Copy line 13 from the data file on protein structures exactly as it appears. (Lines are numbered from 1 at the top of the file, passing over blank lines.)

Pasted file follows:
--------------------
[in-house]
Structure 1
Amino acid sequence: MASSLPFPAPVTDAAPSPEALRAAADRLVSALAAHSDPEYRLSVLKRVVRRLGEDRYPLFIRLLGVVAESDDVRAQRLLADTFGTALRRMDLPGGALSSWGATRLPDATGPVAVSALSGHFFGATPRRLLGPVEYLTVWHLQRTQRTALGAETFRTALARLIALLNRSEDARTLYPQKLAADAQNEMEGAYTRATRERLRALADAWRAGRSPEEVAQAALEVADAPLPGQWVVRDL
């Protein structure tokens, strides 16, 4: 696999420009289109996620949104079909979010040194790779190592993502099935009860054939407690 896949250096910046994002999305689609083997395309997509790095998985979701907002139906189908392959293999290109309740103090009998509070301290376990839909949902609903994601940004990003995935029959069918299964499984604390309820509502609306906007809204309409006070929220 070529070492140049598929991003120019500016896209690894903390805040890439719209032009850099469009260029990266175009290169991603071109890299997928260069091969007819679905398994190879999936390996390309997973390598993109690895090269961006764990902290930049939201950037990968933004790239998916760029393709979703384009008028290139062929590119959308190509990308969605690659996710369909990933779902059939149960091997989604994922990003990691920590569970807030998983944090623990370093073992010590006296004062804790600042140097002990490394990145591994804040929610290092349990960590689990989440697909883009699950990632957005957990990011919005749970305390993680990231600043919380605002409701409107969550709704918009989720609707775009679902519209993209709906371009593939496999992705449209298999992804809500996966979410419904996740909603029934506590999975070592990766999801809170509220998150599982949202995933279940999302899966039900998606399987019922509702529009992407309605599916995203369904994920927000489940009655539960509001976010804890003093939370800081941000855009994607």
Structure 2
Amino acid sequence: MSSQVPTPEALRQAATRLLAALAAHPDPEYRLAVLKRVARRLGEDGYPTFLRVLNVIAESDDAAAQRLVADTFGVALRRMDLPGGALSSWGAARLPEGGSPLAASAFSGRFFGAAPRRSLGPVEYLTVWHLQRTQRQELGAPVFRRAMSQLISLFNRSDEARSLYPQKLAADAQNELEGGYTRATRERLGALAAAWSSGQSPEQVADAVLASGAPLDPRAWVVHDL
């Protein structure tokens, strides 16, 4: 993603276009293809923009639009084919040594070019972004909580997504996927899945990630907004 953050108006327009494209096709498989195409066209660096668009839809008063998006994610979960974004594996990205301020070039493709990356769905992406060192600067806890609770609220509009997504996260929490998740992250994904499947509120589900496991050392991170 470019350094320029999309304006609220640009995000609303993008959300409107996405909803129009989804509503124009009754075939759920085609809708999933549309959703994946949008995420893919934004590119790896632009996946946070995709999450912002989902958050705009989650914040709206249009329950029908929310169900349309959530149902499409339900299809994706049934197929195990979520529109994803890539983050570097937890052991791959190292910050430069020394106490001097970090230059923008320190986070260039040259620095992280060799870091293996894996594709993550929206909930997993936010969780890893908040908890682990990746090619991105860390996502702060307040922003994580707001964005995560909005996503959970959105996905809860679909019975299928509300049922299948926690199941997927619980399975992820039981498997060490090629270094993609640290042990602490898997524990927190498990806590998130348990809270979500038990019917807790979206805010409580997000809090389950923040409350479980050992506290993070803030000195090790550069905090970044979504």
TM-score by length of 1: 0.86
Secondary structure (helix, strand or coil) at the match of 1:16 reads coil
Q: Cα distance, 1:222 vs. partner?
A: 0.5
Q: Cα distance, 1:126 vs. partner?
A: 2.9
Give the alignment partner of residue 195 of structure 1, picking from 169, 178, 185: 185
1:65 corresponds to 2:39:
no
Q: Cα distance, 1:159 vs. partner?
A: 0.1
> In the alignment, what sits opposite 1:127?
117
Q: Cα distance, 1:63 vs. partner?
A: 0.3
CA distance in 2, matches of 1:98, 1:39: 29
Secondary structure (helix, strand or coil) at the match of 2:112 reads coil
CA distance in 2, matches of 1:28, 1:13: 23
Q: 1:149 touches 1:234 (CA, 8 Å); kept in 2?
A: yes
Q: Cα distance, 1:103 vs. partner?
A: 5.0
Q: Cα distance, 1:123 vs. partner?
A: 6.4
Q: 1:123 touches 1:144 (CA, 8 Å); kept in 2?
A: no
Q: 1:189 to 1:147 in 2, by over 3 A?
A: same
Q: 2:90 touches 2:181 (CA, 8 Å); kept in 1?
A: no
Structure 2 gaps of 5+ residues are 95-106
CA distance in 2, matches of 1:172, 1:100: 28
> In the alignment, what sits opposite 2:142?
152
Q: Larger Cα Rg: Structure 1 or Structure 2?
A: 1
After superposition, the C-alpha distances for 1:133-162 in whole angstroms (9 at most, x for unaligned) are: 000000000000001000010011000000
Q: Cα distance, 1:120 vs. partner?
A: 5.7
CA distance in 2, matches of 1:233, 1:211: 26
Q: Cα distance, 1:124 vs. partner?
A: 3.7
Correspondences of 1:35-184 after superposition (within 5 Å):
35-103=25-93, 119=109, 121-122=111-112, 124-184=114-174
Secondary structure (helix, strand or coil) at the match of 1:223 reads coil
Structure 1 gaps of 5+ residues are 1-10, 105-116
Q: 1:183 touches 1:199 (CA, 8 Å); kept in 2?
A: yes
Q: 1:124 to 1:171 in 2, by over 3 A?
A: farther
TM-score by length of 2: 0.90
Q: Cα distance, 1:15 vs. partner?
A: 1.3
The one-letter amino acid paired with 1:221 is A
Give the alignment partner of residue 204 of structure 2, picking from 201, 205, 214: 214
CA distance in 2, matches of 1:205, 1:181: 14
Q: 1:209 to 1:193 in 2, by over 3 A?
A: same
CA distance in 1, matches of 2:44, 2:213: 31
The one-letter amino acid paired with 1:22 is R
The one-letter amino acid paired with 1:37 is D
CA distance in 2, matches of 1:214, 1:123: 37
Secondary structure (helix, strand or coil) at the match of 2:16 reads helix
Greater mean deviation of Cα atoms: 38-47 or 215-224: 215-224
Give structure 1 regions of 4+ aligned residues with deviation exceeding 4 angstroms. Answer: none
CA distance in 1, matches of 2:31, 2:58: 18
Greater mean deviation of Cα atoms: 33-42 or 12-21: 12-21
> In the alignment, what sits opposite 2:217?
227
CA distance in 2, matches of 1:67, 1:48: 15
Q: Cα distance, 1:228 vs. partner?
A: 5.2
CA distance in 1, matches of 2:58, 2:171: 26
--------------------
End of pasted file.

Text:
A: 2.9